Affimed NV (NASDAQ: AFMD) Set To Develop Clinical Candidate is AFM13

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Affimed NV (NASDAQ: AFMD) has several clinical and preclinical programs in progress. The company’s lead clinical candidate is AFM13, which is being developed as a treatment for hematological malignancies that include HL. But, does the company have what it takes to develop its drug candidates to marketable products?

Developing a drug until it is launched on the market takes time and costs money. The management of Affimed NV (NASDAQ: AFMD) has repeatedly stated its commitment to not only accelerate pipeline development, but also pipeline expansion. That explains why R&D division of the company has seen a spike in spending in the recent years.

In 1Q2016, for instance, Affimed NV (NASDAQ: AFMD) funneled €7.1 million to R&D. That compared with €2.9 million in 1Q2015. The company said that the lead candidate AFM13 was responsible for the sharp increase in R&D spending in the latest quarter compared to a year ago.

Balance sheet flexibility – Affimed NV (NASDAQ: AFMD)

Now that it is clear that Affimed’s R&D programs are consuming much money, the question that immediately comes to mind is whether the company can sustain its cash consumption.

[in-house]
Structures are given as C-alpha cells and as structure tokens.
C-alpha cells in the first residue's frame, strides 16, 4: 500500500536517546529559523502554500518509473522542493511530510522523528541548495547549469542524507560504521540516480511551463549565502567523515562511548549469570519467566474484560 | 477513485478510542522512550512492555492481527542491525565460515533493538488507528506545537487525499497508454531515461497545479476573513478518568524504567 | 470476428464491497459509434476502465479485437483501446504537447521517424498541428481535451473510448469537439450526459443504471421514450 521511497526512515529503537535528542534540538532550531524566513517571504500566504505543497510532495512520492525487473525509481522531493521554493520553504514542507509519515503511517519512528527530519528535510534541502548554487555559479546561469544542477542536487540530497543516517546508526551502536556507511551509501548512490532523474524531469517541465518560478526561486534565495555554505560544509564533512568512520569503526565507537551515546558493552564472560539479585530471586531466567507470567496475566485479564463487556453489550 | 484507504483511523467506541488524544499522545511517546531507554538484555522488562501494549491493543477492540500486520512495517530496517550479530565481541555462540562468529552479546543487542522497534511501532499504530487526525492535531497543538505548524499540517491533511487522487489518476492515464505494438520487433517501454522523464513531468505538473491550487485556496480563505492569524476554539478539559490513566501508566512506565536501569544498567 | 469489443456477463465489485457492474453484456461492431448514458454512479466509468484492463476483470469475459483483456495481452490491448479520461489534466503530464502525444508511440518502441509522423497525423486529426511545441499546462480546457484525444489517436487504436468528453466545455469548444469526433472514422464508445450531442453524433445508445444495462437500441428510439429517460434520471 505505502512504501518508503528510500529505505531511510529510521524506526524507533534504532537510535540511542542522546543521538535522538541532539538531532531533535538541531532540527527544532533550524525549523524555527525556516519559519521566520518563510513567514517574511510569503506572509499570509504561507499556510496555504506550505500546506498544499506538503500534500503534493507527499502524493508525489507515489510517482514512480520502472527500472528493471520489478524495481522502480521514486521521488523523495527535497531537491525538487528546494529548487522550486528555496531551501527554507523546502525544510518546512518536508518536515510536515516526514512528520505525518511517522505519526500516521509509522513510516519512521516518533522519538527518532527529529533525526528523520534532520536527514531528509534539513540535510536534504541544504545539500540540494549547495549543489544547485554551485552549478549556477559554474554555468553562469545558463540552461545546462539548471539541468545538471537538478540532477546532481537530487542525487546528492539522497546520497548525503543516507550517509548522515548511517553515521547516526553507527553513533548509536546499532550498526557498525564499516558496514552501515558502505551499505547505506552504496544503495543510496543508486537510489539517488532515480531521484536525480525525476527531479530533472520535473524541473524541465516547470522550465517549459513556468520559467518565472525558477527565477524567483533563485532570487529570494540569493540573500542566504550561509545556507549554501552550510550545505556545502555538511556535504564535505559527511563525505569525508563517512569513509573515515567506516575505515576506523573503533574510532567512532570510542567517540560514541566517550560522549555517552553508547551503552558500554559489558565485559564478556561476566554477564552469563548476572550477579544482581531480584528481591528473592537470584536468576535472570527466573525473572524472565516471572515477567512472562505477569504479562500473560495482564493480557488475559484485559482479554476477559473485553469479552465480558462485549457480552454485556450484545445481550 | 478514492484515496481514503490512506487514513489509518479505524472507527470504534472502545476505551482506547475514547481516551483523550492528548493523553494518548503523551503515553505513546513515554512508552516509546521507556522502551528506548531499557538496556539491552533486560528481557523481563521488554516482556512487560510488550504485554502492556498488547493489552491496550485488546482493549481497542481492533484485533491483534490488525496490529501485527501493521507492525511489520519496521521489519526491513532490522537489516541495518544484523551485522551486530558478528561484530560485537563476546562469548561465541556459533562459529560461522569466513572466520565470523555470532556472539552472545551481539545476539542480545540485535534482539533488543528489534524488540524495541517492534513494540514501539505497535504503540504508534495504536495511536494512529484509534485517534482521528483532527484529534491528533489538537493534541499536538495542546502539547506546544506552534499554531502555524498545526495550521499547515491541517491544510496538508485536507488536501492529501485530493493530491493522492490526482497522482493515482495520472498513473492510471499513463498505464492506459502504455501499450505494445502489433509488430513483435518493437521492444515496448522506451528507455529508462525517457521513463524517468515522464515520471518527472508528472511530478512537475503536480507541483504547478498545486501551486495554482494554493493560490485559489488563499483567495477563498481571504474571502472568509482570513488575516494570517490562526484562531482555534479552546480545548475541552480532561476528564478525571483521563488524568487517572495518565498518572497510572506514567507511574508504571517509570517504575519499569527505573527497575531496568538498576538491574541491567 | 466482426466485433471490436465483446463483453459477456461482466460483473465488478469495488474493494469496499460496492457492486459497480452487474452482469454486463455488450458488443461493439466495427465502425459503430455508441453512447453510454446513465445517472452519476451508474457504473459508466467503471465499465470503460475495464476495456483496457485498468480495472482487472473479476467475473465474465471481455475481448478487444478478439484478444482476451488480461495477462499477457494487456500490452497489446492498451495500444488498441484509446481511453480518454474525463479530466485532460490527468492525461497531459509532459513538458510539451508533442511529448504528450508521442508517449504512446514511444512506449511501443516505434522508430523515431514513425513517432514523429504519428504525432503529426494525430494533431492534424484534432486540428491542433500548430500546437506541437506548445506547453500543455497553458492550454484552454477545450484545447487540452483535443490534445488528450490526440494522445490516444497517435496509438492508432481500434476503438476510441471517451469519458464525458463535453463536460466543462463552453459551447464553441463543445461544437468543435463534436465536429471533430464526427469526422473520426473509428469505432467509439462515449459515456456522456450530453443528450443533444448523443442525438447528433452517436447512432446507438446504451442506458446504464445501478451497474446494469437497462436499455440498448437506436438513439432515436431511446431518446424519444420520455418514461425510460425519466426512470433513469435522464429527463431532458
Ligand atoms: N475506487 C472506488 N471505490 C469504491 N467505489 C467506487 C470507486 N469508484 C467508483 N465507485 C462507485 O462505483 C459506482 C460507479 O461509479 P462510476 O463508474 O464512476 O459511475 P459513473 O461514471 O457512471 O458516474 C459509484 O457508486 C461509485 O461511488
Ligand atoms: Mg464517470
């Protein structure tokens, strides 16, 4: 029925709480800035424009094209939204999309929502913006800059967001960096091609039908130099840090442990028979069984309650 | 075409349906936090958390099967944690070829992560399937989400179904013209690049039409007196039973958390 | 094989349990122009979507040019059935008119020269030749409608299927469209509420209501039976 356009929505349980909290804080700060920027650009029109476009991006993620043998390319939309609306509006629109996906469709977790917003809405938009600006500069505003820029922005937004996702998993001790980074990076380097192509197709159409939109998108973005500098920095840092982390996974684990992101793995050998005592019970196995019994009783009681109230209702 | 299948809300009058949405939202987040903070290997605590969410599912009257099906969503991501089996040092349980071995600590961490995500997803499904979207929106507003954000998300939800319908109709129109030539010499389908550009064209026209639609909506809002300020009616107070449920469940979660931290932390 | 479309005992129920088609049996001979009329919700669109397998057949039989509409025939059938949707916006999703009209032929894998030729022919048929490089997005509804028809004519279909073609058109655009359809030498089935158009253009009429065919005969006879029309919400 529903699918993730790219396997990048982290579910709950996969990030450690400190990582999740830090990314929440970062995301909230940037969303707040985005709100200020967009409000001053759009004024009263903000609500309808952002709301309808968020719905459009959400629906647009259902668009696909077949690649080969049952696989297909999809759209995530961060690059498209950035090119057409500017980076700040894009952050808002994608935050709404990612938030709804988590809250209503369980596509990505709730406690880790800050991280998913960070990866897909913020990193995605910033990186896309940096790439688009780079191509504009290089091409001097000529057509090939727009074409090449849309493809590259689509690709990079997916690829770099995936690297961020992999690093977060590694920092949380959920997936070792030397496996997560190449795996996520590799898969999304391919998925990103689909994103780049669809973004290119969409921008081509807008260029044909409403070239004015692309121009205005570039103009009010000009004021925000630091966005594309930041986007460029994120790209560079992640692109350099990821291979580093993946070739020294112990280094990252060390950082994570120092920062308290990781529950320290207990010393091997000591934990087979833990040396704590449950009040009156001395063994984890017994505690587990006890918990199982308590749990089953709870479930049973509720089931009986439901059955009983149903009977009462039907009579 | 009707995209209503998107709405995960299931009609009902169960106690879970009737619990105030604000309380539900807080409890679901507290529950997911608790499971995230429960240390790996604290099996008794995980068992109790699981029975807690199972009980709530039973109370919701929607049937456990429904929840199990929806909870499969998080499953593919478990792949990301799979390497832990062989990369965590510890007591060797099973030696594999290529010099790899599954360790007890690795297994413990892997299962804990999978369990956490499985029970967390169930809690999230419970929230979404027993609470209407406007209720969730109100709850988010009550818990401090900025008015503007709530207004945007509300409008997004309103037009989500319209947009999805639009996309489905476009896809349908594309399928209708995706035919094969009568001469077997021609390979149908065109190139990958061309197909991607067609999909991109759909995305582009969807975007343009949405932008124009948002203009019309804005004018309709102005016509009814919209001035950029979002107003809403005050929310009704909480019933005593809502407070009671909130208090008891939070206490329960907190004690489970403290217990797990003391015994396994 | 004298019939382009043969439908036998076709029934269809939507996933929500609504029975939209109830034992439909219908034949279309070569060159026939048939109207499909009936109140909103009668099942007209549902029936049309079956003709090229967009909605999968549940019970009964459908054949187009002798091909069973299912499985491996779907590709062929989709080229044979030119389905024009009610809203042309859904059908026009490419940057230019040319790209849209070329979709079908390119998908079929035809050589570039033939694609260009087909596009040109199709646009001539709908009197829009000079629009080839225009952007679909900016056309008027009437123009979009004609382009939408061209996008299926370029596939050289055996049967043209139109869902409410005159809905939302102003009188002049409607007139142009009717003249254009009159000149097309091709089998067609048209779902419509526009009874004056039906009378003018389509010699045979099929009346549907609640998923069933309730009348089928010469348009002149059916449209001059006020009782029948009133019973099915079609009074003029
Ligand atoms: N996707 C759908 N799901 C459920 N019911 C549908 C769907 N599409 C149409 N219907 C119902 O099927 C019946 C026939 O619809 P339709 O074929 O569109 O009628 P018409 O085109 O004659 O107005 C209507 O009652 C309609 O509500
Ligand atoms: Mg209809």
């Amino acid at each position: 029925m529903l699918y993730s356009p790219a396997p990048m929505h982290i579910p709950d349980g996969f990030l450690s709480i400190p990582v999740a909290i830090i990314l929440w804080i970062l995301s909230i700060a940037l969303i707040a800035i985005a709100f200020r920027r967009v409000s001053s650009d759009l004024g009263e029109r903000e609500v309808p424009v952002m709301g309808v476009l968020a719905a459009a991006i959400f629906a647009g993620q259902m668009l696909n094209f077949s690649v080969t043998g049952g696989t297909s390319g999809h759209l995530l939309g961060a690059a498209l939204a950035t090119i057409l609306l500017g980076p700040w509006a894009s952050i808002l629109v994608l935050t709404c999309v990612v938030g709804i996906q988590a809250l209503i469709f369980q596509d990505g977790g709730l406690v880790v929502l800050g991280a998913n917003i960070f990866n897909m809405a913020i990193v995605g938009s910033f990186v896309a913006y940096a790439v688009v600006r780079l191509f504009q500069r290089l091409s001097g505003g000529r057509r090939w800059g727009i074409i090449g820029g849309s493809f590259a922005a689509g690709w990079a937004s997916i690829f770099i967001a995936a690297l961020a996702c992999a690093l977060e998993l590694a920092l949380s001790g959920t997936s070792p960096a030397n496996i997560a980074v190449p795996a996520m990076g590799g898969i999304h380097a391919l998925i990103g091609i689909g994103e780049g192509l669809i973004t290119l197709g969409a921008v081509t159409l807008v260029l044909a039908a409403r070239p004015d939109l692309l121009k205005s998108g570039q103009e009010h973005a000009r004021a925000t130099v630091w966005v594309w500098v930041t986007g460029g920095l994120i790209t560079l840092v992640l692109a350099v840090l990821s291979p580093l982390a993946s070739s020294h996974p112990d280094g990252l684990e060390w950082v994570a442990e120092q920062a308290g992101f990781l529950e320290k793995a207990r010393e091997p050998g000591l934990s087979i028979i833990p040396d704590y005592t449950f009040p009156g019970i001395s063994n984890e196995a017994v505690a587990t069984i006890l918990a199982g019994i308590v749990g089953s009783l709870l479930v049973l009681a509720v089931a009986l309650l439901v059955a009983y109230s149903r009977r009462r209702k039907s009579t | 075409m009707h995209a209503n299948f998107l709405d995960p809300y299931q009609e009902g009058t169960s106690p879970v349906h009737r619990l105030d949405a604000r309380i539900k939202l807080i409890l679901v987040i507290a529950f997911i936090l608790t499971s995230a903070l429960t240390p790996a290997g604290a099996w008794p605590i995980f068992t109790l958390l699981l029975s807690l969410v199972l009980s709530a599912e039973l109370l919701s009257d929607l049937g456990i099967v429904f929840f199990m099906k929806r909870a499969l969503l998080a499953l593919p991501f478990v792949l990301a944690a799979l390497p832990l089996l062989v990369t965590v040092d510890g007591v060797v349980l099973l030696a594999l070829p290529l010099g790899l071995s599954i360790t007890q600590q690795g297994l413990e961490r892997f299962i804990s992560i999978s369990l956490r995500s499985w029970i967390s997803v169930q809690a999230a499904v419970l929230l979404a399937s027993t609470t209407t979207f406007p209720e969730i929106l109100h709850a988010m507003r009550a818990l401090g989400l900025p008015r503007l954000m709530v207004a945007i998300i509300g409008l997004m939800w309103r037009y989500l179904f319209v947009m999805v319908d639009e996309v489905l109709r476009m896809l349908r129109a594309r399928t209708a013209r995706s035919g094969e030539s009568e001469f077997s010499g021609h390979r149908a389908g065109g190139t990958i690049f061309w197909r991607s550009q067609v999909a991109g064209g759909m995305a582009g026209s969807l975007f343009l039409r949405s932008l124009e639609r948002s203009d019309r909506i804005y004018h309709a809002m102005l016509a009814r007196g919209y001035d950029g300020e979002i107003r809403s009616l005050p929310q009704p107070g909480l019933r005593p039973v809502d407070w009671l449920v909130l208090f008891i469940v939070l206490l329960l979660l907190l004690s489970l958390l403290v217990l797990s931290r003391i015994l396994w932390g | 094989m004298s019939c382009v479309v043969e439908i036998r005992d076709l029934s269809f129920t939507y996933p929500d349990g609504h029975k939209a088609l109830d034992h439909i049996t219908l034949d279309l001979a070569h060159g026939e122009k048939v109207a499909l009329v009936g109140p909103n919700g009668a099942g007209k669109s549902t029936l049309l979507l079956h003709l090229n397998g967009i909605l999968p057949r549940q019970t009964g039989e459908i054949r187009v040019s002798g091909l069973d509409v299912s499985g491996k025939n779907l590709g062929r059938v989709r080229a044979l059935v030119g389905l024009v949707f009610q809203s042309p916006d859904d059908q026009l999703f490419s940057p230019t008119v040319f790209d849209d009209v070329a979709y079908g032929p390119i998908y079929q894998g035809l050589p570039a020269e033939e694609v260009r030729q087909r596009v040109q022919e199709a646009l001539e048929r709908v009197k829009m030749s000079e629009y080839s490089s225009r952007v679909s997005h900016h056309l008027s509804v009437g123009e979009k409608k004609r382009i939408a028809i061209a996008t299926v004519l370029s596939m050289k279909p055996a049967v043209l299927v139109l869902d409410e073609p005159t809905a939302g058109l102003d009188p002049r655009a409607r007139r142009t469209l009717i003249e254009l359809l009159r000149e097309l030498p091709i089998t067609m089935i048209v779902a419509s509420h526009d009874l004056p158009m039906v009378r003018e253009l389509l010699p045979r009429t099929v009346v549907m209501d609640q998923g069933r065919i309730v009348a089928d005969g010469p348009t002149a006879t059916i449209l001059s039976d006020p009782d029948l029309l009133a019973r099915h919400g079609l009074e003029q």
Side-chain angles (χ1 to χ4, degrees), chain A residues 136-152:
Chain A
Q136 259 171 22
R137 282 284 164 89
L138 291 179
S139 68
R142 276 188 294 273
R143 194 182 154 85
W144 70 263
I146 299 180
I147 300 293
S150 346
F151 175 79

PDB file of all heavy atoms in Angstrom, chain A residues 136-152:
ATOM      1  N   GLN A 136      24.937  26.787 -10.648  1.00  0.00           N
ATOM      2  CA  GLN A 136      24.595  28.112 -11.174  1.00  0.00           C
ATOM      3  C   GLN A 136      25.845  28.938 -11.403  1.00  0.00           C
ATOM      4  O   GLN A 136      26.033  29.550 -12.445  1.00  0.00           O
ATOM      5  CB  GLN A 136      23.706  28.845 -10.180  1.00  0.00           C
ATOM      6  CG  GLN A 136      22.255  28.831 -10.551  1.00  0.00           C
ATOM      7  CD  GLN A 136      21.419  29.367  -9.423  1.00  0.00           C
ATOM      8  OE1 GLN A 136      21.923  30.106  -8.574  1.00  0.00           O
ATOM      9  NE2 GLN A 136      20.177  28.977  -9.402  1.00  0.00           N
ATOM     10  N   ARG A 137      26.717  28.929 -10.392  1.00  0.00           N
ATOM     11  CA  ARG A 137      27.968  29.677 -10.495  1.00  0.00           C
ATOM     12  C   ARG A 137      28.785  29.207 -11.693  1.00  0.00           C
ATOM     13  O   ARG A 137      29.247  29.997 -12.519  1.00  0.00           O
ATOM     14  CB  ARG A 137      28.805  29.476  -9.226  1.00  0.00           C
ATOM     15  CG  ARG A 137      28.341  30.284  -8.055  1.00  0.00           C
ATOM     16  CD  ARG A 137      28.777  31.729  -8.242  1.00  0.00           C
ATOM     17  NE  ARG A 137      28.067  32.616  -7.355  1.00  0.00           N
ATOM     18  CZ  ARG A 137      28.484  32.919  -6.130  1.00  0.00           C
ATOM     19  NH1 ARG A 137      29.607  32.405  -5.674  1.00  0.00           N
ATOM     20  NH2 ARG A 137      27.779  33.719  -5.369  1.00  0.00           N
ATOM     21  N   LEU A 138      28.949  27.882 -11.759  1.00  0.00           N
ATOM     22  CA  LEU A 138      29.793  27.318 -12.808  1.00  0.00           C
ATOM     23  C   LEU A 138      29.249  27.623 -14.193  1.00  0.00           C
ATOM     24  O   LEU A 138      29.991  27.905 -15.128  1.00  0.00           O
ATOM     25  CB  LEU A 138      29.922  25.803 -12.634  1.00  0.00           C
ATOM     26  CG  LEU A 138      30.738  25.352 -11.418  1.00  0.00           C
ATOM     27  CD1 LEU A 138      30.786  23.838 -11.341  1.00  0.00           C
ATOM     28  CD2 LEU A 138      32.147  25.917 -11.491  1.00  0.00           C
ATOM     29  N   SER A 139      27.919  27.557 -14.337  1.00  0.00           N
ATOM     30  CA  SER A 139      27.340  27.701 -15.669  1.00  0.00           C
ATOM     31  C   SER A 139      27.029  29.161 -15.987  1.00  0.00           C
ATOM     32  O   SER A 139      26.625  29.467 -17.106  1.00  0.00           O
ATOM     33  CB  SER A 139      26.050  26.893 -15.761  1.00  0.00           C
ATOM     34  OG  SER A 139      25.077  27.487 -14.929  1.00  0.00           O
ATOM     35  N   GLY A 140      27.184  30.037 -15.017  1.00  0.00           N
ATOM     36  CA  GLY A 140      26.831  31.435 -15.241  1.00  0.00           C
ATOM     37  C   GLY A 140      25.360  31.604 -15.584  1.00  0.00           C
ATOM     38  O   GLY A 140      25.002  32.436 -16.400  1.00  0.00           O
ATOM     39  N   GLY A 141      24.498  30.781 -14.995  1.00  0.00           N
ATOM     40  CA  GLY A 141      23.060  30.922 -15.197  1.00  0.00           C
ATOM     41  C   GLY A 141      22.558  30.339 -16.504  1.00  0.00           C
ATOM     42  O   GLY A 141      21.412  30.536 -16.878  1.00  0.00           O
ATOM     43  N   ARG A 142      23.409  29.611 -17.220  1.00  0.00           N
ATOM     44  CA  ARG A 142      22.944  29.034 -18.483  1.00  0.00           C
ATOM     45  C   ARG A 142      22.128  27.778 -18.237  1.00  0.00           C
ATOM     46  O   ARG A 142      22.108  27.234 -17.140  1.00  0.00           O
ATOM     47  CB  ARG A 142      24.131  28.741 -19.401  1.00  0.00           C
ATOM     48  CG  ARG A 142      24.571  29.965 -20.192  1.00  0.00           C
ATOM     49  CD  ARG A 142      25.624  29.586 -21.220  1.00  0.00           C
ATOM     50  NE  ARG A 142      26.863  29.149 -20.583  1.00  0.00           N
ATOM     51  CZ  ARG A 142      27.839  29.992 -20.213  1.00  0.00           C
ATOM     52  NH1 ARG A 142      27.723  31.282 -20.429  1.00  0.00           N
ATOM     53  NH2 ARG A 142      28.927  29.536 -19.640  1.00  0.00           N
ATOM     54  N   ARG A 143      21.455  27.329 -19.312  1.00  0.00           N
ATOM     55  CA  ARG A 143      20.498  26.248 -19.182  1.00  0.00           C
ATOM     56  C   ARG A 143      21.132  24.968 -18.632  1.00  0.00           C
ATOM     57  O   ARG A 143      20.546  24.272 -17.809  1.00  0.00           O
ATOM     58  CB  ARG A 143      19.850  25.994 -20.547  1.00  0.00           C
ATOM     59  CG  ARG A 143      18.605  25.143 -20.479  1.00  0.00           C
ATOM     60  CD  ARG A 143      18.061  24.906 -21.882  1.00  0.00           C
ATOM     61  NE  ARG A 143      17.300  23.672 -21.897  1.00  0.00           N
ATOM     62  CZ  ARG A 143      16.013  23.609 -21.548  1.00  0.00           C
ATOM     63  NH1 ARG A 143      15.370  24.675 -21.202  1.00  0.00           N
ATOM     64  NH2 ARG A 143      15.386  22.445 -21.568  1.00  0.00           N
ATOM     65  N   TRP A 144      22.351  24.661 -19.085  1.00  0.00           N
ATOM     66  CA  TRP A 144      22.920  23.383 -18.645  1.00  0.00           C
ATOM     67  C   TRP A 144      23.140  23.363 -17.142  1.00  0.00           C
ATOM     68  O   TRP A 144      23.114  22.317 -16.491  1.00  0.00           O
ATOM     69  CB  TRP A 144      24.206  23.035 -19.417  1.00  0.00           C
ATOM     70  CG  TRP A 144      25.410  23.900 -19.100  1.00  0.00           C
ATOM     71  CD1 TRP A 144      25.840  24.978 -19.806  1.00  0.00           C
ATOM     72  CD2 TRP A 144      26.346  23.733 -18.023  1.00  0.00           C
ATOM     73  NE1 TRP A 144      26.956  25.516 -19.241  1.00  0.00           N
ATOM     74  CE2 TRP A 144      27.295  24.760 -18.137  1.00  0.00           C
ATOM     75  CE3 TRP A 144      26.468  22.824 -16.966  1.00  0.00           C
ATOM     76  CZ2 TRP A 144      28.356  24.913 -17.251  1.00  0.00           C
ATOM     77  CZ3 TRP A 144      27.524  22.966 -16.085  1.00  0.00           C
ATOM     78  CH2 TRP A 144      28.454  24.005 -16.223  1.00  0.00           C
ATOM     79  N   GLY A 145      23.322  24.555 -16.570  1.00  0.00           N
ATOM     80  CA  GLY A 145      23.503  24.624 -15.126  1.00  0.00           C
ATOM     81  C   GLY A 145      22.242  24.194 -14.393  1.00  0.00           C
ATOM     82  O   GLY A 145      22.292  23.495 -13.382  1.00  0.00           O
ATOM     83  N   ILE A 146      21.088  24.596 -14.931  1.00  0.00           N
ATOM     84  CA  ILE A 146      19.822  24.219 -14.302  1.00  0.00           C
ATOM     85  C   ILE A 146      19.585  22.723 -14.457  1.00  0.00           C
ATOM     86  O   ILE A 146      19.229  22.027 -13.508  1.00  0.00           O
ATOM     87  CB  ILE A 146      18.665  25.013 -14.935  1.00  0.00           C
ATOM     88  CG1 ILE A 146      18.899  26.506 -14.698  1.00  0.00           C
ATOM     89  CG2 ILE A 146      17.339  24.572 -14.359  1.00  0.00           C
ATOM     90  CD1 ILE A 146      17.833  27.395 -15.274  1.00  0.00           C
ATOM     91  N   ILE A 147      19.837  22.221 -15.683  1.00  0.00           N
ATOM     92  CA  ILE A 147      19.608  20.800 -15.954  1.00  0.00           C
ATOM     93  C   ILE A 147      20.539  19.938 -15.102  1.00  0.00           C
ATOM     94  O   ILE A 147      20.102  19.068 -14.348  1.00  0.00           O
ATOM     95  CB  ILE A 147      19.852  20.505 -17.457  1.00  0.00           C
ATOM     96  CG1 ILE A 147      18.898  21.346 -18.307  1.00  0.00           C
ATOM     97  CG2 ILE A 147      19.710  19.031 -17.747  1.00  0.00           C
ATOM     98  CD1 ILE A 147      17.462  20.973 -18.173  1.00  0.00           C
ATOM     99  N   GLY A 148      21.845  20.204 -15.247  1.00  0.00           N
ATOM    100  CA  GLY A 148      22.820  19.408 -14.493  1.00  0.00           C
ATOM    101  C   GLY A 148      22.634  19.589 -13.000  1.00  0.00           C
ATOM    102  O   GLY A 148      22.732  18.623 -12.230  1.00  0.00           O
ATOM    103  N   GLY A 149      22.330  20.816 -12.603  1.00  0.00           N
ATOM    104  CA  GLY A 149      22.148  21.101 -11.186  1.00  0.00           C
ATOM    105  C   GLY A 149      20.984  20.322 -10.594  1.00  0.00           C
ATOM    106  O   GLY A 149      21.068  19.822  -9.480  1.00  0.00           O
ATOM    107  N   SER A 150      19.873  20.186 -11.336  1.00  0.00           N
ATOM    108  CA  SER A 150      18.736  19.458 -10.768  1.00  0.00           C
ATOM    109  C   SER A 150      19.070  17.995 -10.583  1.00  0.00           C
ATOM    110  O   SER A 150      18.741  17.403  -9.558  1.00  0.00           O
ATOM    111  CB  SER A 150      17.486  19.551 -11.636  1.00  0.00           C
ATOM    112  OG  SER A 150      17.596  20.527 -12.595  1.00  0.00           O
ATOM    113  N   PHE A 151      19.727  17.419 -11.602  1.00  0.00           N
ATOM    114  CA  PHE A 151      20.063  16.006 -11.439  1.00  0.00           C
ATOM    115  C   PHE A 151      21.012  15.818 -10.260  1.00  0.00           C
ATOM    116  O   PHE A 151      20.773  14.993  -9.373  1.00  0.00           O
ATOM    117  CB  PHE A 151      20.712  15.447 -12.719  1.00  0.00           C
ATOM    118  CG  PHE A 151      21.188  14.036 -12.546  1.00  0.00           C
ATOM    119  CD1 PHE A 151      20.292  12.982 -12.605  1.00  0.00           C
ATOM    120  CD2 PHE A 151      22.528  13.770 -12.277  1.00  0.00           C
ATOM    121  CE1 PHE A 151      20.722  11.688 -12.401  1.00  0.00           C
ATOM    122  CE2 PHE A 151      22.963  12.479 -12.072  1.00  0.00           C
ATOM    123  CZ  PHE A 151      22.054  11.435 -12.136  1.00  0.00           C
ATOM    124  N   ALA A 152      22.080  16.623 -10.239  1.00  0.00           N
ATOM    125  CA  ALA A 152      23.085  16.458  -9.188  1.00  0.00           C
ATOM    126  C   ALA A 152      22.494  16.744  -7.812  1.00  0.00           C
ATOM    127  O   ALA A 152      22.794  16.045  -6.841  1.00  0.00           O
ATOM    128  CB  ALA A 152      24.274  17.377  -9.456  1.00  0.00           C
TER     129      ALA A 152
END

Looking at the balance sheet, you get the impression that Affimed NV (NASDAQ: AFMD) stands on solid financial grounds. The company finished 1Q2016 with cash and equivalents totaling €66.8 million. Although that’s a drop from cash position of €76.7 million in the prior quarter, it is nearly double the company’s cash position of €37 million in the year-ago quarter.

What caused the decline in cash balance?

The decline in Affimed NV (NASDAQ: AFMD)’s cash balance between 1Q2016 and 4Q2015 was largely attributed to a spike in operational expenses. Higher R&D spending was a major cause for the decrease in cash balance level. G&A expenses also shot up to €2.1 million compared to €1.8 million in the year-ago quarter. While Affimed might not want to starve its R&D department of cash, it can drive more internal efficiency to lower G&A costs so that it can preserve cash.

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